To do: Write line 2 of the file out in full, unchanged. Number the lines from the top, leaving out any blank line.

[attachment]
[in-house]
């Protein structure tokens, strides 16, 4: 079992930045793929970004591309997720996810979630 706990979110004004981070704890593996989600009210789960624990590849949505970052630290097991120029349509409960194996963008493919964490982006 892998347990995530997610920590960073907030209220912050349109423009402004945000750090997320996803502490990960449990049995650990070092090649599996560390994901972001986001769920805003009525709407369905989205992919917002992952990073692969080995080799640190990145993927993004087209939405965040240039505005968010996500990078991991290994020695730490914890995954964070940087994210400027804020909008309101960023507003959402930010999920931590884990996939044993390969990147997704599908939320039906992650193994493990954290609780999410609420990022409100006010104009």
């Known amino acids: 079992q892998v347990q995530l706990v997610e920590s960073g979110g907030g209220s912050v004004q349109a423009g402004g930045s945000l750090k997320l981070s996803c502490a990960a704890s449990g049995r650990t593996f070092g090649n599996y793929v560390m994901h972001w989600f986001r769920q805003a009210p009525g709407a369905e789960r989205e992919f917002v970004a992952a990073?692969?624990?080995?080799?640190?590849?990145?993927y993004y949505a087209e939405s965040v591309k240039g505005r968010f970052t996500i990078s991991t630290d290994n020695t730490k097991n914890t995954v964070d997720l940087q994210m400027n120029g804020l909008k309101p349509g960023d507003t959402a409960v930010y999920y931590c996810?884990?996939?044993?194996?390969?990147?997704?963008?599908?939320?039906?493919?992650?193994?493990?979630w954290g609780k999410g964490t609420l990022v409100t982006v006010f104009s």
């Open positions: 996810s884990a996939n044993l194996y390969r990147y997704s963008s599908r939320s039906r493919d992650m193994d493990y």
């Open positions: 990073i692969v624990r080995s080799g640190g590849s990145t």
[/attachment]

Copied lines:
């Protein structure tokens, strides 16, 4: 079992930045793929970004591309997720996810979630 706990979110004004981070704890593996989600009210789960624990590849949505970052630290097991120029349509409960194996963008493919964490982006 892998347990995530997610920590960073907030209220912050349109423009402004945000750090997320996803502490990960449990049995650990070092090649599996560390994901972001986001769920805003009525709407369905989205992919917002992952990073692969080995080799640190990145993927993004087209939405965040240039505005968010996500990078991991290994020695730490914890995954964070940087994210400027804020909008309101960023507003959402930010999920931590884990996939044993390969990147997704599908939320039906992650193994493990954290609780999410609420990022409100006010104009």